P- Reviewer: Chu JP, Murai T, Pillai JJ, Shen J S- Editor: Ji FF L- Editor: A E- Editor: Liu SQ

References
1.  Cavalheiro S, Moron AF, Hisaba W, Dastoli P, Silva NS. Fetal brain tumors. Childs Nerv Syst. 2003;19:529-536.  [PubMed]  [DOI]
2.  Stiller CA, Bunch KJ. Brain and spinal tumours in children aged under two years: incidence and survival in Britain, 1971-85. Br J Cancer Suppl. 1992;18:S50-S53.  [PubMed]  [DOI]
3.  Meizner I. Tumors of the Brain. 3rd ed. McGrawHill: New York 2012; 393-406.  [PubMed]  [DOI]
4.  Cassart M, Bosson N, Garel C, Eurin D, Avni F. Fetal intracranial tumors: a review of 27 cases. Eur Radiol. 2008;18:2060-2066.  [PubMed]  [DOI]
5.  Hoff NR, Mackay IM. Prenatal ultrasound diagnosis of intracranial teratoma. J Clin Ultrasound. 1980;8:247-249.  [PubMed]  [DOI]
6.  Palo P, Penttinen M, Kalimo H. Early ultrasound diagnosis of fetal intracranial tumors. J Clin Ultrasound. 1994;22:447-450.  [PubMed]  [DOI]
7.  Isaacs H. I. Perinatal brain tumors: a review of 250 cases. Pediatr Neurol. 2002;27:249-261.  [PubMed]  [DOI]
8.  Isaacs H. II. Perinatal brain tumors: a review of 250 cases. Pediatr Neurol. 2002;27:333-342.  [PubMed]  [DOI]
9.  Volpe JJ. Brain tumors and vein of Galen malformation. 4th ed. WB Saunders: Philadelphia 2001; 841-856.  [PubMed]  [DOI]
10.  Court brown WM, Doll R, Hill RB. Incidence of leukaemia after exposure to diagnostic radiation in utero. Br Med J. 1960;2:1539-1545.  [PubMed]  [DOI]
11.  Becker LE. Central neuronal tumors in childhood: relationship to dysplasia. J Neurooncol. 1995;24:13-19.  [PubMed]  [DOI]
12.  D’Addario V, Pinto V, Meo F, Resta M. The specificity of ultrasound in the detection of fetal intracranial tumors. J Perinat Med. 1998;26:480-485.  [PubMed]  [DOI]
13.  Garel C MRI of the Fetal Brain: normal development and cerebral pathologies. Berlin: Springer 2004; 267.  [PubMed]  [DOI]
14.  Pooh RK, Pooh K. Antenatal assessment of CNS anomalies, including neural tube defects. 4th ed. Philadelphia: Elsevier 2009; 291-338.  [PubMed]  [DOI]
15.  Bolat F, Kayaselcuk F, Tarim E, Kilicdag E, Bal N. Congenital intracranial teratoma with massive macrocephaly and skull rupture. Fetal Diagn Ther. 2008;23:1-4.  [PubMed]  [DOI]
16.  Vibert-Guigue C, Gonzales M, Gouellet N, Zirah C, Milliez J, Carbonne B. Vaginal delivery using cranioclasia following prenatal diagnosis of a giant fetal intracranial teratoma. Fetal Diagn Ther. 2008;23:222-227.  [PubMed]  [DOI]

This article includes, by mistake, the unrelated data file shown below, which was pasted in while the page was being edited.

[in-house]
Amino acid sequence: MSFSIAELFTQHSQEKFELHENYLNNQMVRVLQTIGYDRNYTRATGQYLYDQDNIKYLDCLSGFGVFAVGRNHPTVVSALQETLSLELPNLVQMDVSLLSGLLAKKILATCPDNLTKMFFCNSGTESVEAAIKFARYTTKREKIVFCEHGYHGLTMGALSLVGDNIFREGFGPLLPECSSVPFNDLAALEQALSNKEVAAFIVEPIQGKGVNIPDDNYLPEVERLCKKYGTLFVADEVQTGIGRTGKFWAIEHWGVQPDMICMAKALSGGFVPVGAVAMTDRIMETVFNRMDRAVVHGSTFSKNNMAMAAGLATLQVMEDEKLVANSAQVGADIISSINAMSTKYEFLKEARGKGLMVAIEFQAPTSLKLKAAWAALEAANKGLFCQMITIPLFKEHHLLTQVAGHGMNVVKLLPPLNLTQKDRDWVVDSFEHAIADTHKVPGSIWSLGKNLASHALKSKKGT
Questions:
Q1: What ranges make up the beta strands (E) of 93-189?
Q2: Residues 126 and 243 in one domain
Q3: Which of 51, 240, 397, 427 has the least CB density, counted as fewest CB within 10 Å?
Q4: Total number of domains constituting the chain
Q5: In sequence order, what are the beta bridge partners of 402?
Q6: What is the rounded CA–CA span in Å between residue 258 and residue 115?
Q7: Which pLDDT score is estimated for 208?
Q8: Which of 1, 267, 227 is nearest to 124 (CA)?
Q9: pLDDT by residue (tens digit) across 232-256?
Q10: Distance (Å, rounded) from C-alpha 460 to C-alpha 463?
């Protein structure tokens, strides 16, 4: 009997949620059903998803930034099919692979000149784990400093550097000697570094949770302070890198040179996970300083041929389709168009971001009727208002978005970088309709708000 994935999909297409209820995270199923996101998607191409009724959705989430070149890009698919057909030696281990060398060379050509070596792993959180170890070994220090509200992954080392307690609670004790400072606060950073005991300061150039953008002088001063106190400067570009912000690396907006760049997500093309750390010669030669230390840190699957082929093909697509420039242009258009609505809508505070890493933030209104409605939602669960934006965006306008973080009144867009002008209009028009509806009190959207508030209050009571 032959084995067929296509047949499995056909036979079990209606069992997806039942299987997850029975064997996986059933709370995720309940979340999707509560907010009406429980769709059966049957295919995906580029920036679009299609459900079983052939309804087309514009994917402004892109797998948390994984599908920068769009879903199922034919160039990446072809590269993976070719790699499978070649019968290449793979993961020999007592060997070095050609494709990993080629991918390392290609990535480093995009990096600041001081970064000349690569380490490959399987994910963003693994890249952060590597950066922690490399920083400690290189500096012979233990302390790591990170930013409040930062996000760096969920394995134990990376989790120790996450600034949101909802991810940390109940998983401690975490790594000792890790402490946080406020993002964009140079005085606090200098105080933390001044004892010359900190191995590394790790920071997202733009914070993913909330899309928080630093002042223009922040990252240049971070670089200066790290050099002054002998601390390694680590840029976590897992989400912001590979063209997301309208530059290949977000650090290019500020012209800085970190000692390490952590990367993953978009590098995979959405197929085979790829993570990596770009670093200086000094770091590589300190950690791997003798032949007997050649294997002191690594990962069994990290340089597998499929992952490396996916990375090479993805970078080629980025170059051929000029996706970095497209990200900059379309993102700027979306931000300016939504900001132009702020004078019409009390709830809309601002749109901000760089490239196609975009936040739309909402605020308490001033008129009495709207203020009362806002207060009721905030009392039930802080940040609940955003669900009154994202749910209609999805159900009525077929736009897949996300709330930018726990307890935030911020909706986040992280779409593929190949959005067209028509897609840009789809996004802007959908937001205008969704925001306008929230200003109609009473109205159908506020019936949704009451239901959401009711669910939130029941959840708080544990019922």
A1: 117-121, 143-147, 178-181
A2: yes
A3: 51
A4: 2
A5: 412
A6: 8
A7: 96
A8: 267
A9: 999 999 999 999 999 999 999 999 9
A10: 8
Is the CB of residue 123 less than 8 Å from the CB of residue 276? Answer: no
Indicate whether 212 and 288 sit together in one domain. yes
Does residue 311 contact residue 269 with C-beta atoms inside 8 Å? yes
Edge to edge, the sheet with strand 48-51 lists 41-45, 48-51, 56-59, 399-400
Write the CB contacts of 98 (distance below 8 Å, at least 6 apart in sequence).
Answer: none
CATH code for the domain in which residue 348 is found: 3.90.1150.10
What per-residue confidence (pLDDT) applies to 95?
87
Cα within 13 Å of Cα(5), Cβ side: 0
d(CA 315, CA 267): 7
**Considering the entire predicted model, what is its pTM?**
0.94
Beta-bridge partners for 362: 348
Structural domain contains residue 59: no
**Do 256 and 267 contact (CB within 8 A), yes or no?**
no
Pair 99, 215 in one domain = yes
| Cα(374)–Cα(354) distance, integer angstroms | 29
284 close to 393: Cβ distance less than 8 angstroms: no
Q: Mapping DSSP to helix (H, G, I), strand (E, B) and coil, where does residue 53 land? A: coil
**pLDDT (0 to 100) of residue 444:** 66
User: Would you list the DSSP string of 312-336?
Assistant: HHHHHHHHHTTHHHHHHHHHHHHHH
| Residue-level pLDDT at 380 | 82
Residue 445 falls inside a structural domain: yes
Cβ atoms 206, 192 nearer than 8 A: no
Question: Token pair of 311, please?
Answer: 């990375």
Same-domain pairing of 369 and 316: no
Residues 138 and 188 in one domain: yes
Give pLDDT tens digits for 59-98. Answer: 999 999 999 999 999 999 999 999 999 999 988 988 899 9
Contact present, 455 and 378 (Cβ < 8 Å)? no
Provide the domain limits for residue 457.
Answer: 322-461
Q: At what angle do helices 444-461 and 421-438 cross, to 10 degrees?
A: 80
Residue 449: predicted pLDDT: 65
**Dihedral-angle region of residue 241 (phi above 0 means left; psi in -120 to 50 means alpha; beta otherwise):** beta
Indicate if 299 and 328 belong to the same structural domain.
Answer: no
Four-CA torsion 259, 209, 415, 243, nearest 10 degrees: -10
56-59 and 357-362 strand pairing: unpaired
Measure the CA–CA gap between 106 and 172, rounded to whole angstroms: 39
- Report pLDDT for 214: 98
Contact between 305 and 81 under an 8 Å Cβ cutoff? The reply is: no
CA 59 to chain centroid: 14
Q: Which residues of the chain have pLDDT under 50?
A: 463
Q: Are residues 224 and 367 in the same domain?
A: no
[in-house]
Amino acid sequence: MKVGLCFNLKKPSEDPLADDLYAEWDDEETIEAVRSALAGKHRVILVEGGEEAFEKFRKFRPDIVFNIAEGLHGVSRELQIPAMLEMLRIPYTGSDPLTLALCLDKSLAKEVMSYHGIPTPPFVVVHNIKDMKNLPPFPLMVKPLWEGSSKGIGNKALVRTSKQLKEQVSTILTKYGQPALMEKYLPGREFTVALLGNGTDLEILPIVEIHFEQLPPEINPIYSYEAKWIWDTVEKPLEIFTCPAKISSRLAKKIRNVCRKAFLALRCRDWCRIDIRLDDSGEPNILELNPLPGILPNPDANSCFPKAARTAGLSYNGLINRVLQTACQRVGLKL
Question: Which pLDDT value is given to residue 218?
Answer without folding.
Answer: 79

17.  Schlembach D, Bornemann A, Rupprecht T, Beinder E. Fetal intracranial tumors detected by ultrasound: a report of two cases and review of the literature. Ultrasound Obstet Gynecol. 1999;14:407-418.  [PubMed]  [DOI]
18.  Schwartz S, Raffel LJ, Sun CC, Waters E. An unusual mosaic karyotype detected through prenatal diagnosis with duplication of 1q and 19p and associated teratoma development. Teratology. 1992;46:399-404.  [PubMed]  [DOI]
19.  Saada J, Enza-Razavi F, Delahaye S, Martinovic J, Macaleese J, Benachi A. Early second-trimester diagnosis of intracranial teratoma. Ultrasound Obstet Gynecol. 2009;33:109-111.  [PubMed]  [DOI]
20.  Galassi E, Godano U, Cavallo M, Donati R, Nasi MT. Intracranial tumors during the 1st year of life. Childs Nerv Syst. 1989;5:288-298.  [PubMed]  [DOI]
21.  Severino M, Schwartz ES, Thurnher MM, Rydland J, Nikas I, Rossi A. Congenital tumors of the central nervous system. Neuroradiology. 2010;52:531-548.  [PubMed]  [DOI]
22.  Kawamata T, Kubo O, Hori T. Histological findings at the boundary of craniopharyngiomas. Brain Tumor Pathol. 2005;22:75-78.  [PubMed]  [DOI]
23.  Lonjon M, Dran G, Casagrande F, Vandenbos F, Mas JC, Richelme C. Prenatal diagnosis of a craniopharyngioma: a new case with radical surgery and review. Childs Nerv Syst. 2005;21:177-180.  [PubMed]  [DOI]
24.  Joó JG, Rigó J, Sápi Z, Timár B. Foetal craniopharyngioma diagnosed by prenatal ultrasonography and confirmed by histopathological examination. Prenat Diagn. 2009;29:160-163.  [PubMed]  [DOI]